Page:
Democrats have had tough luck in North Carolina Senate contests over the last few years, falling short in four straight races from 2010 to 2020. Their most recent attempt with former State Senator Cal Cunningham seemed to be their best chance to flip the Tar Heel State in many years, but even that did not pan out. If precedent holds any stead, North Carolina should continue to be a tough nut to crack for the Democrats two years from now.
Pennsylvania – Pat Toomey (R)
Pennsylvania’s 2022 Senate race is shaping up to be one of the most competitive races of the cycle. Incumbent Republican Pat Toomey has already announced his retirement after two terms, leaving the door open for competitive primaries on both sides.
For Republicans, the Philadelphia Inquirer has listed eight potential candidates: Representatives Dan Meuser, Guy Reschenthaler, Glenn Thompson, and Lloyd Smucker, 2018 Gubernatorial candidate Paul Mango, State Senator Camera Bartolotta, former Representative Ryan Costello, and real-estate developer Jeff Bartos.
When it comes to Democratic candidates, Representatives Chrissy Houlahan and Conor Lamb are reportedly interested in running. Another candidate who may make another bid for Senate, given Attorney General Josh Shapiro’s likely bid for Governor, is Lieutenant Governor John Fetterman.
Pennsylvania, at the time of this writing, is one of only two Biden states with Republican-held Senate seats up in 2022, the other being Wisconsin. (We are still waiting to see the winner of the January runoff for Georgia’s Class 3 seat) This will almost certainly make the state a top target for Senate Democrats. Nonetheless, it’s still far too early to count out Republicans, especially if Pennsylvania reverts back toward the right.
Wisconsin – Ron Johnson (R)
Wisconsin’s Senate race has already been the scene of quite a few interesting developments. The most important of which has revolved around incumbent Republican Ron Johnson, who retracted his initial retirement statement last year. Johnson may run for a third term in the Senate, but he is also reportedly interested in running for Governor.
Since we don’t know how the Georgia runoffs will go yet, Johnson remains one of only two Republican Senators up for re-election in states that voted for Joe Biden last month. And while Wisconsin is by no means a lock for either party, Republicans would rather have Senator Johnson run for re-election in an effort to avoid a potentially divisive primary.
If Johnson does retire or run for Governor, though, there are a few well-qualified Republican candidates, the most formidable of which, in our view, is Representative Mike Gallagher. Another possible contender is Kenosha County Sheriff David Beth, who previously indicated his interest in the seat. But to reiterate, we will have to see whether or not Johnson will seek re-election before we can get an adequate picture of all the possible Republican contenders.
On the Democratic side, the biggest name being thrown around appears to be long-time Democratic Congressman Ron Kind, who narrowly won re-election to his House seat last month. While Kind has previously eschewed the idea of running for the Senate, the uncertainty of redistricting and a potential loss in his once reliably-Democratic Congressional seat may push him to run for the Senate.
Outagamie County Executive Tom Nelson is currently the only declared candidate, and there is speculation that Attorney General Josh Kaul or State Treasurer Sara Godlewski could also run.
Other Senate Races
Colorado – Michael Bennet (D)
Colorado Senator Michael Bennet is still a strong favorite for re-election in the Centennial State, but the race could be at least somewhat competitive if the environment is very bad for the Democrats. As Kyle Kondik noted in his 2022 Senate preview in the Crystal Ball, Colorado’s competitiveness should be indicative of the national environment. He noted how Colorado was won by now-outgoing Republican Senator Cory Gardner in 2014, an exceptionally bad environment for the Democrats.
Nonetheless, this seat would be a reach for Republicans, even in a good year. One potential challenger is Congressman Ken Buck, who previously lost a Senate race in 2010.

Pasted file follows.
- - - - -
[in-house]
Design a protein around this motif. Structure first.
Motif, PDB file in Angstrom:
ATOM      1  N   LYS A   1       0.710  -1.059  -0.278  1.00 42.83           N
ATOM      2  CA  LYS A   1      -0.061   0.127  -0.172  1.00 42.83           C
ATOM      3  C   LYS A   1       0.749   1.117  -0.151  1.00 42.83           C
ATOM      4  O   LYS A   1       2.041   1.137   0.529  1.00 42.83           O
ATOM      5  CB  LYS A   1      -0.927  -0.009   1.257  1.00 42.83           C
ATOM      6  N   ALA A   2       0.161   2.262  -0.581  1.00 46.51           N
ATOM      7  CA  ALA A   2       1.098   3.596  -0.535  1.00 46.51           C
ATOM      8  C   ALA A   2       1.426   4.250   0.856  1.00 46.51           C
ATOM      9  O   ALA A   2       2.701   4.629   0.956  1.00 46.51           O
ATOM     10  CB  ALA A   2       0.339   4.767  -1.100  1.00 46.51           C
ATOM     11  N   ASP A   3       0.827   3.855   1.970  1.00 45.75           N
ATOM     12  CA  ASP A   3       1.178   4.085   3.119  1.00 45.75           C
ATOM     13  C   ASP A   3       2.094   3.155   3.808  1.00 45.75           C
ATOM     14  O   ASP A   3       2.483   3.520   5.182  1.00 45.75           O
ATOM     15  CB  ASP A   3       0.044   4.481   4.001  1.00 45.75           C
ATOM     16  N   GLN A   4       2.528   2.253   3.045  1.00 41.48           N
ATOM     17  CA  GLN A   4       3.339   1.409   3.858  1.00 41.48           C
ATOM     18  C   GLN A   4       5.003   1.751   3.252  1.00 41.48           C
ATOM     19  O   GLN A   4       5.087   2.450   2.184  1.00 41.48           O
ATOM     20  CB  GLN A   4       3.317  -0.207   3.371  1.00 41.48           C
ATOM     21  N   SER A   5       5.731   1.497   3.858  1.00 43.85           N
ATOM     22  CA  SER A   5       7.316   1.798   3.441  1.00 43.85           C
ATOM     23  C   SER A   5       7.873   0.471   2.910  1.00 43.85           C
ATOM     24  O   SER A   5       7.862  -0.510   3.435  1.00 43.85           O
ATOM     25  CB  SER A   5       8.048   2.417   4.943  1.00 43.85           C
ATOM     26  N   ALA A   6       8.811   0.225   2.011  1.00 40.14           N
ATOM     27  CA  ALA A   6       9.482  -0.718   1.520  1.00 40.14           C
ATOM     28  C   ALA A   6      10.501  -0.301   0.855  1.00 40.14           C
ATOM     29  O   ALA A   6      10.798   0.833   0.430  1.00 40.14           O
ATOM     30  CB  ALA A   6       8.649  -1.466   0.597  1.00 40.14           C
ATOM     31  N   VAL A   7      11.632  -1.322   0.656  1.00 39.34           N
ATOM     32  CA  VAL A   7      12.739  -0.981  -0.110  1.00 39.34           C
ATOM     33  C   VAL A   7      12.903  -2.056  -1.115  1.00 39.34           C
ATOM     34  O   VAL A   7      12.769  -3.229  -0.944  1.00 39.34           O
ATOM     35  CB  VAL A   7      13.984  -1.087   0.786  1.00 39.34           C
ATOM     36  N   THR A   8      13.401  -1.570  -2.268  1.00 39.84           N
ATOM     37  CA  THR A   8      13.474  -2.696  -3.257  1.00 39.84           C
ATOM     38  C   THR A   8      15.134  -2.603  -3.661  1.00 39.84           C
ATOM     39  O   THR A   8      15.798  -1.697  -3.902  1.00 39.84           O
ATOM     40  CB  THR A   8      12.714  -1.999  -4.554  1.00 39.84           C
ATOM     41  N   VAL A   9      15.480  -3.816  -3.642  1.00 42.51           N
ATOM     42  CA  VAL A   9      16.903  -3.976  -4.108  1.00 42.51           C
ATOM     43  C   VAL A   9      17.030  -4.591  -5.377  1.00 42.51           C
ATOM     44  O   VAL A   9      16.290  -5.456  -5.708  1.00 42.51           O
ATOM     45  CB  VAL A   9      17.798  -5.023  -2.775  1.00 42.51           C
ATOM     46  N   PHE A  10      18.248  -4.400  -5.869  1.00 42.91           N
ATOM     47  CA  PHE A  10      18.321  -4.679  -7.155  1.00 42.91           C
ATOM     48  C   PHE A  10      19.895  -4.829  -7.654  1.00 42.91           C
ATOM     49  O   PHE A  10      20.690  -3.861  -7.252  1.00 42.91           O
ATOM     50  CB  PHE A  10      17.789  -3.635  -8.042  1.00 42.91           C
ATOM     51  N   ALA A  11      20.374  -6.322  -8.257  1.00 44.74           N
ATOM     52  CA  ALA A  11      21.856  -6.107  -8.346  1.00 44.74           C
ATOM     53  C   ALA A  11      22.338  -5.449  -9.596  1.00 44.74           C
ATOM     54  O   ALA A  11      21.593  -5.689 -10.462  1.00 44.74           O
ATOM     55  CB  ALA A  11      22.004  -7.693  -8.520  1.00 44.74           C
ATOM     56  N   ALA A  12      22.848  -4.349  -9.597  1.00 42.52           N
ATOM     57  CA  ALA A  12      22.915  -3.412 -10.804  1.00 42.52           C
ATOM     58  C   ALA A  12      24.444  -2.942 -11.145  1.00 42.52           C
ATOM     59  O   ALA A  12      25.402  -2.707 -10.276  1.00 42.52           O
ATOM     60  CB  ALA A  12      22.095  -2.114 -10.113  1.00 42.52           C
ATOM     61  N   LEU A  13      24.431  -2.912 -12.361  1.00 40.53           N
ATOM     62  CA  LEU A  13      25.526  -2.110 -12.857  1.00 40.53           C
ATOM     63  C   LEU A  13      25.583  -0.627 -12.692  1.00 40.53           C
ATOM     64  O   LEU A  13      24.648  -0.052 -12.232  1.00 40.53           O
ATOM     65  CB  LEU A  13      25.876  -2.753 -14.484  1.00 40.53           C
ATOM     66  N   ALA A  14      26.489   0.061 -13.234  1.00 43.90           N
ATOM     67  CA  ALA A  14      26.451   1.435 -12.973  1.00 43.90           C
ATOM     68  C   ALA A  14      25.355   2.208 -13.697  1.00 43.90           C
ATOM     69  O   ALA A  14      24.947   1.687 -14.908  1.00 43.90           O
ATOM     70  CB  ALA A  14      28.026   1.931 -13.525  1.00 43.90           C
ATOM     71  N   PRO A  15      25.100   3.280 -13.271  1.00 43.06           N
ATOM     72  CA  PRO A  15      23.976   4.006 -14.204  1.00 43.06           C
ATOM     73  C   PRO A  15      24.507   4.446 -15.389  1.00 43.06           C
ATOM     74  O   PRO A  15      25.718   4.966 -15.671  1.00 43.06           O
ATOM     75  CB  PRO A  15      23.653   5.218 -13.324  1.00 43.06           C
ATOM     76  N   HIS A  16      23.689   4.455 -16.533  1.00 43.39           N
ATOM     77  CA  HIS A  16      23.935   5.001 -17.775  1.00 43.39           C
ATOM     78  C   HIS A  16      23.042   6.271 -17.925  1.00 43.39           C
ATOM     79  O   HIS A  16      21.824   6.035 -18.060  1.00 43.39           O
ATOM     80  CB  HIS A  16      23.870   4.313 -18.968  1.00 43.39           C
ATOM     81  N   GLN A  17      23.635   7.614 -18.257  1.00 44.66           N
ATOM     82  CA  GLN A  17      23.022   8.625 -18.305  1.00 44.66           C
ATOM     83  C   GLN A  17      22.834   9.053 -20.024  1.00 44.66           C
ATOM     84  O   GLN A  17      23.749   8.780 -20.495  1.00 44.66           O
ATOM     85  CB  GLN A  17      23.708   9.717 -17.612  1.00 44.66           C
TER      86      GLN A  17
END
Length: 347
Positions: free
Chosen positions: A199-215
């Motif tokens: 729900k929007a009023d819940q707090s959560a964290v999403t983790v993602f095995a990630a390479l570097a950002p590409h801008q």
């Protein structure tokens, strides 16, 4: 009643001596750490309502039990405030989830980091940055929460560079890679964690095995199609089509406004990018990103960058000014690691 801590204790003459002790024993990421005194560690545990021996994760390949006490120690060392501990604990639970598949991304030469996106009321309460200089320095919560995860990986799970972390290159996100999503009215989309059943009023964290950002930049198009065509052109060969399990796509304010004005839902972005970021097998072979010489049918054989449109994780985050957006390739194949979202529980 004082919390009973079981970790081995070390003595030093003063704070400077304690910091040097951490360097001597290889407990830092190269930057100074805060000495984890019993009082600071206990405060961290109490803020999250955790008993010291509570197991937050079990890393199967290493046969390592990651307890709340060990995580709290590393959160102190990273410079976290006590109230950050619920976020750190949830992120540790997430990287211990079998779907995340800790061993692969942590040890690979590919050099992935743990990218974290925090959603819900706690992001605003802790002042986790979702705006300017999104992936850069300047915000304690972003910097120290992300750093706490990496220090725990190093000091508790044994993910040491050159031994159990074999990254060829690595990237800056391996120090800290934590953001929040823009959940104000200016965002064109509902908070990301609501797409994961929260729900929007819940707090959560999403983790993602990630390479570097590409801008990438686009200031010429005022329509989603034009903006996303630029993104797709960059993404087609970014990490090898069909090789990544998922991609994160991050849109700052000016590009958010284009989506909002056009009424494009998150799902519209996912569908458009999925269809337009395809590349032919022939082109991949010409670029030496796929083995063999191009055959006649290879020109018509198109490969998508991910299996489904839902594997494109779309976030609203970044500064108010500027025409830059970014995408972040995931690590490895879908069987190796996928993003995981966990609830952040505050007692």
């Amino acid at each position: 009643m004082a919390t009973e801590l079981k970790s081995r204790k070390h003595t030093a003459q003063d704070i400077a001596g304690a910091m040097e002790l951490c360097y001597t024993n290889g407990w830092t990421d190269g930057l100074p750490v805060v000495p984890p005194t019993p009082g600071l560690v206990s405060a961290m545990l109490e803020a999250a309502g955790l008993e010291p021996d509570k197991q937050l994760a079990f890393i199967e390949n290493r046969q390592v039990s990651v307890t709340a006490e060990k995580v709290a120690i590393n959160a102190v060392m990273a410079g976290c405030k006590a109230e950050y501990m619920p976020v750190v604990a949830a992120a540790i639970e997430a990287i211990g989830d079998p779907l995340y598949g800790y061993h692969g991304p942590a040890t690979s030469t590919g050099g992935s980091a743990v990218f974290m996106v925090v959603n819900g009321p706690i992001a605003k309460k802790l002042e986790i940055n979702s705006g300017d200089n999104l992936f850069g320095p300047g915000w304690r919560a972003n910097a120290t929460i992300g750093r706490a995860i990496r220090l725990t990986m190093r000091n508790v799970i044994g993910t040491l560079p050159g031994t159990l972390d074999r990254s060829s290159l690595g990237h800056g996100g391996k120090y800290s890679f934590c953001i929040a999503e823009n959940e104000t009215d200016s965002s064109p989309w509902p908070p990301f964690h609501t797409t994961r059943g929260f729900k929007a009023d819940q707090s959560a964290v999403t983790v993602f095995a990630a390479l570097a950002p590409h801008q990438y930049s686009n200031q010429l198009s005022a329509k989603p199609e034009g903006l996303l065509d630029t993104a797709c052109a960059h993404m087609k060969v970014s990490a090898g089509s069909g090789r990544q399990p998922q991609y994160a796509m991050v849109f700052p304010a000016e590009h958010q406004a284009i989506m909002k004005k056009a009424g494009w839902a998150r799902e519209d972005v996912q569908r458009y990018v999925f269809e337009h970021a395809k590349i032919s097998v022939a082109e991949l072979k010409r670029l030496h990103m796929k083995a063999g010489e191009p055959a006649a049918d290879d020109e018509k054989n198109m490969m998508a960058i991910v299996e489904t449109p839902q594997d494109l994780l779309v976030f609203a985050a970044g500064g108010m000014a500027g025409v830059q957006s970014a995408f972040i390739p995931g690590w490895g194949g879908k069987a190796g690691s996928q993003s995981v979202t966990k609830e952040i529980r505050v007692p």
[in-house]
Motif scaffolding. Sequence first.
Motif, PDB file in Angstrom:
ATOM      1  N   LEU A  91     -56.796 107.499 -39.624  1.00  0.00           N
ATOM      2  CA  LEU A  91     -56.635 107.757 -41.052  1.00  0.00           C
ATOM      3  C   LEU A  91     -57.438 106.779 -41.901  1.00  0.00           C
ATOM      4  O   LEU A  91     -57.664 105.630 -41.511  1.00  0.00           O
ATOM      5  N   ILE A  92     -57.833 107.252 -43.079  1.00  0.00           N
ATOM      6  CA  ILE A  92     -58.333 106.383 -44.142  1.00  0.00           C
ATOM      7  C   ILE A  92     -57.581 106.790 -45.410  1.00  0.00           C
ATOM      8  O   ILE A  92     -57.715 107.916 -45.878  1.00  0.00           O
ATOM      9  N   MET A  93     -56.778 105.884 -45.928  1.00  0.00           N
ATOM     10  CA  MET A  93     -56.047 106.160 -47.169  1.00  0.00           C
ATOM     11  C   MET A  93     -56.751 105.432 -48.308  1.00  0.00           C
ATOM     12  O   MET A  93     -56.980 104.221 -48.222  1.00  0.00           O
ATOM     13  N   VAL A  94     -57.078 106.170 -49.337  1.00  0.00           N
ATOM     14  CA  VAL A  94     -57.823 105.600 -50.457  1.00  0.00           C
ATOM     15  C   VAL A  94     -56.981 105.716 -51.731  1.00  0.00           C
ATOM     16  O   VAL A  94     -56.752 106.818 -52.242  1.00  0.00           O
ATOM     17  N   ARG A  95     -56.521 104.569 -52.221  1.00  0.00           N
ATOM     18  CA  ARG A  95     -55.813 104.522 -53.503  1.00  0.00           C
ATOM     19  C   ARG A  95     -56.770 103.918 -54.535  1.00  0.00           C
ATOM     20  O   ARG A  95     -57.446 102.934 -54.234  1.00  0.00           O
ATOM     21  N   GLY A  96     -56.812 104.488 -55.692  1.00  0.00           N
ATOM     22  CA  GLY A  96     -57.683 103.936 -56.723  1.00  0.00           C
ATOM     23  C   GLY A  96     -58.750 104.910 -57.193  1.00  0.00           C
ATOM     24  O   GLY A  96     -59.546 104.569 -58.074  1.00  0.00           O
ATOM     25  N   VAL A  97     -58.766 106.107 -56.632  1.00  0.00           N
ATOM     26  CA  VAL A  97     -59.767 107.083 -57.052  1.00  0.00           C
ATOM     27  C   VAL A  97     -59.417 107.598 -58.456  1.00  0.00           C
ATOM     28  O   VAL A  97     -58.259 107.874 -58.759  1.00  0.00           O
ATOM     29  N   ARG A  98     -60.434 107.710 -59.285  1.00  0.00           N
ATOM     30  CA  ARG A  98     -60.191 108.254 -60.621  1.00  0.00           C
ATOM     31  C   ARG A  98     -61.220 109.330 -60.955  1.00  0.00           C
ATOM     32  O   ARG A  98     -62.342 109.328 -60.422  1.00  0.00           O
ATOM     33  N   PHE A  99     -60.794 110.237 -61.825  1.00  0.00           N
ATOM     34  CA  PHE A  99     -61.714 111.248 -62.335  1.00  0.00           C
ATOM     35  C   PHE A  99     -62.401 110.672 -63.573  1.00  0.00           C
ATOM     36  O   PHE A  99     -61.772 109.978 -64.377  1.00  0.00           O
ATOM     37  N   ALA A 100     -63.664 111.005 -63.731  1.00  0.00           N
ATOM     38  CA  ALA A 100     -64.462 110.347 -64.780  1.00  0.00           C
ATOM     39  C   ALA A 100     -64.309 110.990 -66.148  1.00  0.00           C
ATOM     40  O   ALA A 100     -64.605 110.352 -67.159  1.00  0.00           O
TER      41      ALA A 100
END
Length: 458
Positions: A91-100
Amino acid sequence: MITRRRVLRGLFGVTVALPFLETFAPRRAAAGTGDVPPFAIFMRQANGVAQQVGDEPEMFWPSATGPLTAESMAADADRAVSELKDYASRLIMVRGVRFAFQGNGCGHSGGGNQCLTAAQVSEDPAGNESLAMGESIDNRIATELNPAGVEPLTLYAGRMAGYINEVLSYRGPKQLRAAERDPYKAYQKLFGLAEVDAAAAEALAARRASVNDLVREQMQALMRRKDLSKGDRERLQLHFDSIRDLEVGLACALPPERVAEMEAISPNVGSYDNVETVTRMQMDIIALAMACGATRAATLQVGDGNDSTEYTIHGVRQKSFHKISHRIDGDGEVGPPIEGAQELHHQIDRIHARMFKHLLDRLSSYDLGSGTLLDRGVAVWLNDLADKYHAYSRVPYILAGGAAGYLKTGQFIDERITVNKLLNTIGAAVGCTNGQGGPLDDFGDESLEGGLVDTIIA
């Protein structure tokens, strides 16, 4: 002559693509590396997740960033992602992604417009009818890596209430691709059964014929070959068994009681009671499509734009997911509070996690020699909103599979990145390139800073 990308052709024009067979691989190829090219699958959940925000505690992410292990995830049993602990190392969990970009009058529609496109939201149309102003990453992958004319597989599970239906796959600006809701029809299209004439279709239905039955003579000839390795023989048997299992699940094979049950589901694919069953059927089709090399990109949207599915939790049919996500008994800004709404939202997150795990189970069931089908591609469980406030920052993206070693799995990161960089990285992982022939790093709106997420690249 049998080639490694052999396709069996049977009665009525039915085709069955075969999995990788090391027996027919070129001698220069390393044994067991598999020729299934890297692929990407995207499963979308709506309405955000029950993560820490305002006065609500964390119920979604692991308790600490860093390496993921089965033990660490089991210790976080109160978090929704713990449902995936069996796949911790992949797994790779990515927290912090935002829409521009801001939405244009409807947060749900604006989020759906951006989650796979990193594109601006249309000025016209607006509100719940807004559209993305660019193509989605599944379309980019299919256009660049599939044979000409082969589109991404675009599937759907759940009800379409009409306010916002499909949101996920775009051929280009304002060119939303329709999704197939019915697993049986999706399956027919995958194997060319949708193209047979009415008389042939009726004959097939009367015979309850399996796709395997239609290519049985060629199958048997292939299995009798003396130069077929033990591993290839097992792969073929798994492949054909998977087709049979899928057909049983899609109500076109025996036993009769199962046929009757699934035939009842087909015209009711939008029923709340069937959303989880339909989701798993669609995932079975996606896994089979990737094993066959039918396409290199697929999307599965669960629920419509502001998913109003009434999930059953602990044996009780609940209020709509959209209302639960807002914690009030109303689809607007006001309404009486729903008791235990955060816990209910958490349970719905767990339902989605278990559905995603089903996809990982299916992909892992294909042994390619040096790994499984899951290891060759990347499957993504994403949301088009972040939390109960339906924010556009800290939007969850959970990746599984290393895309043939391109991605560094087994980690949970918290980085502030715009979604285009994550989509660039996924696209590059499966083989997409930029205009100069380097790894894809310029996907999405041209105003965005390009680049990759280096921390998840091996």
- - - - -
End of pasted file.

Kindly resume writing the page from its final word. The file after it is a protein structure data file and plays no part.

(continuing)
Florida – Marco Rubio (R)
Florida is another competitive state that has had a marginal Republican lean over the last three cycles. President Trump won the state in 2016 and managed to win it by even more this year. Long-time Democratic Senator Bill Nelson and gubernatorial candidate Andrew Gillum also fell victim to Republican challengers in a 2018 midterm that was otherwise a very good environment for the Democrats.
Republicans have another card up their sleeves in Senator Marco Rubio. The popular incumbent began his career as a rising star in the Tea Party movement back in 2010. In 2016 he ran for President, dropped out, and ultimately won re-election to his Senate seat by a comfortable margin, performing very well in his home county of Miami-Dade in particular.
Potential Democratic candidates include Agricultural Commissioner Nikki Fried (who may also run for Governor) and Representatives Stephanie Murphy and Val Demings. Former Representative Gwen Graham may also run, but it appears more likely at this point that she will run for Governor. However, Rubio, who announced his re-election bid last month, will be tough to beat.
Iowa – Chuck Grassley (R)
At the moment, we do not expect Iowa to have a competitive Senate race. Long-time Republican Senator Chuck Grassley will be 89 years old when his term ends in 2023 and is one of the Senators we consider most likely to announce his retirement. If Grassley does retire, his grandson Pat Grassley, a member of the Iowa State House, is reportedly being groomed to take over the seat.
One potential Democrat that could make the Iowa race competitive, especially if the seat is open and the Republican nominee does not have the advantage of the Grassley name, is State Auditor Rob Sand. Another possible contender is Representative Cindy Axne, who will be the only Democrat in Iowa’s Congressional delegation when she begins her second term next month.
In the end, though, as this year’s Greenfield v. Ernst matchup showed, Iowa Senate races have been fool’s gold for Democrats. At the moment, the party has more winnable states to target as 2022 rumblings begin.
Ohio – Rob Portman (R)
Out of the three Republican-held seats in this section, Ohio will probably be the most difficult for the Democrats to pull into their column. The incumbent Republican is Rob Portman, who has not yet announced his bid for a third term but is expected to do so. Portman easily dispatched former Governor Ted Strickland back in 2016, capitalizing on Strickland’s collapsing campaign to win by double-digits.
Possible Democratic candidates include Representative Tim Ryan (who may decide to run statewide to avoid the near inevitable destruction of his Congressional seat in redistricting), Dayton Mayor Nan Whaley, State House Minority Leader Emilia Sykes, and Cincinnati Mayor John Cranley.
But Ohio is only getting redder, and a good environment for the Republicans would make it even more difficult to flip the seat. Just like Iowa, Democrats will almost certainly have better targets than the Buckeye State.